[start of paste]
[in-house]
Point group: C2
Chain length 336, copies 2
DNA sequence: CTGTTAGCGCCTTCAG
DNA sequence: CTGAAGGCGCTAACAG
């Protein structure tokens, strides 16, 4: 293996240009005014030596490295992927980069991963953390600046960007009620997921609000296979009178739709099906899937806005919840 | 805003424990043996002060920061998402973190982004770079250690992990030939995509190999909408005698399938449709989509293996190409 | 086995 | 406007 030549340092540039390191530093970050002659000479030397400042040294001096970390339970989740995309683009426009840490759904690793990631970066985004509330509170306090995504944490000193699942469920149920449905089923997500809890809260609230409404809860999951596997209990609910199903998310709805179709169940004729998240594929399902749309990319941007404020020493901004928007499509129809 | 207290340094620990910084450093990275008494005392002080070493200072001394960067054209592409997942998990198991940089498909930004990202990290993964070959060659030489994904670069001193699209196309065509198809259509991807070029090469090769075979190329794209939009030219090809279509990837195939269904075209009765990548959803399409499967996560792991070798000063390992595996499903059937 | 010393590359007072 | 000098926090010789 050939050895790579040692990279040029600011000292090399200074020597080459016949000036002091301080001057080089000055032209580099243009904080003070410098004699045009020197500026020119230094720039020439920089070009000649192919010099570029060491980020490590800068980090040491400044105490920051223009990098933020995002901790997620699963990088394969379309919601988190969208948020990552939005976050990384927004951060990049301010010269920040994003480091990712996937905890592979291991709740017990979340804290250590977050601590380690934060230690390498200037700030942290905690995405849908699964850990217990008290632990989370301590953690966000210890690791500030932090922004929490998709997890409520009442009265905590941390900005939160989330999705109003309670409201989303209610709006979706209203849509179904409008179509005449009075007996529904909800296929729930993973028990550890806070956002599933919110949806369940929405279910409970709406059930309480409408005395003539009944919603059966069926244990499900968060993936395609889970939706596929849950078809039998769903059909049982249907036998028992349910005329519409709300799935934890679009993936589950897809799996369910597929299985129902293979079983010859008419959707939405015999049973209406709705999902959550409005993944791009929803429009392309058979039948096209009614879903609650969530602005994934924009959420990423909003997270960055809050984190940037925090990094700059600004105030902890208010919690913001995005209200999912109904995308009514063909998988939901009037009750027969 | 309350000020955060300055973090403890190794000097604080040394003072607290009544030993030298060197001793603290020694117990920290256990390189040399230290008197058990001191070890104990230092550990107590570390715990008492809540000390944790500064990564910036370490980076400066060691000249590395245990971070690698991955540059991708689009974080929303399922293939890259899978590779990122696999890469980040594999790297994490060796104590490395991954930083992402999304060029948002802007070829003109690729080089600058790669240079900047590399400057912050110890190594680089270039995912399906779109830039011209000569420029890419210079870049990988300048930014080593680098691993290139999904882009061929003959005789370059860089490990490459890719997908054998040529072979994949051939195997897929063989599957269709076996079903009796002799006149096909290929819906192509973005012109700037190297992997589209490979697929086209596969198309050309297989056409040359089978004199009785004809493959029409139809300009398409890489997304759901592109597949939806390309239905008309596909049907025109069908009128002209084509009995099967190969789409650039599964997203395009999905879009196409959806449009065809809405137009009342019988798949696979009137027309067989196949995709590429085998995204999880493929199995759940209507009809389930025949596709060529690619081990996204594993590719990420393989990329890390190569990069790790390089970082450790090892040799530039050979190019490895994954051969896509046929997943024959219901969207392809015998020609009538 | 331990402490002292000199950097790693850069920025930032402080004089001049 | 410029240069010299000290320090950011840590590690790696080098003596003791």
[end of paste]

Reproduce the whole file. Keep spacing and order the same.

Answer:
[in-house]
Point group: C2
Chain length 336, copies 2
DNA sequence: CTGTTAGCGCCTTCAG
DNA sequence: CTGAAGGCGCTAACAG
């Protein structure tokens, strides 16, 4: 293996240009005014030596490295992927980069991963953390600046960007009620997921609000296979009178739709099906899937806005919840 | 805003424990043996002060920061998402973190982004770079250690992990030939995509190999909408005698399938449709989509293996190409 | 086995 | 406007 030549340092540039390191530093970050002659000479030397400042040294001096970390339970989740995309683009426009840490759904690793990631970066985004509330509170306090995504944490000193699942469920149920449905089923997500809890809260609230409404809860999951596997209990609910199903998310709805179709169940004729998240594929399902749309990319941007404020020493901004928007499509129809 | 207290340094620990910084450093990275008494005392002080070493200072001394960067054209592409997942998990198991940089498909930004990202990290993964070959060659030489994904670069001193699209196309065509198809259509991807070029090469090769075979190329794209939009030219090809279509990837195939269904075209009765990548959803399409499967996560792991070798000063390992595996499903059937 | 010393590359007072 | 000098926090010789 050939050895790579040692990279040029600011000292090399200074020597080459016949000036002091301080001057080089000055032209580099243009904080003070410098004699045009020197500026020119230094720039020439920089070009000649192919010099570029060491980020490590800068980090040491400044105490920051223009990098933020995002901790997620699963990088394969379309919601988190969208948020990552939005976050990384927004951060990049301010010269920040994003480091990712996937905890592979291991709740017990979340804290250590977050601590380690934060230690390498200037700030942290905690995405849908699964850990217990008290632990989370301590953690966000210890690791500030932090922004929490998709997890409520009442009265905590941390900005939160989330999705109003309670409201989303209610709006979706209203849509179904409008179509005449009075007996529904909800296929729930993973028990550890806070956002599933919110949806369940929405279910409970709406059930309480409408005395003539009944919603059966069926244990499900968060993936395609889970939706596929849950078809039998769903059909049982249907036998028992349910005329519409709300799935934890679009993936589950897809799996369910597929299985129902293979079983010859008419959707939405015999049973209406709705999902959550409005993944791009929803429009392309058979039948096209009614879903609650969530602005994934924009959420990423909003997270960055809050984190940037925090990094700059600004105030902890208010919690913001995005209200999912109904995308009514063909998988939901009037009750027969 | 309350000020955060300055973090403890190794000097604080040394003072607290009544030993030298060197001793603290020694117990920290256990390189040399230290008197058990001191070890104990230092550990107590570390715990008492809540000390944790500064990564910036370490980076400066060691000249590395245990971070690698991955540059991708689009974080929303399922293939890259899978590779990122696999890469980040594999790297994490060796104590490395991954930083992402999304060029948002802007070829003109690729080089600058790669240079900047590399400057912050110890190594680089270039995912399906779109830039011209000569420029890419210079870049990988300048930014080593680098691993290139999904882009061929003959005789370059860089490990490459890719997908054998040529072979994949051939195997897929063989599957269709076996079903009796002799006149096909290929819906192509973005012109700037190297992997589209490979697929086209596969198309050309297989056409040359089978004199009785004809493959029409139809300009398409890489997304759901592109597949939806390309239905008309596909049907025109069908009128002209084509009995099967190969789409650039599964997203395009999905879009196409959806449009065809809405137009009342019988798949696979009137027309067989196949995709590429085998995204999880493929199995759940209507009809389930025949596709060529690619081990996204594993590719990420393989990329890390190569990069790790390089970082450790090892040799530039050979190019490895994954051969896509046929997943024959219901969207392809015998020609009538 | 331990402490002292000199950097790693850069920025930032402080004089001049 | 410029240069010299000290320090950011840590590690790696080098003596003791």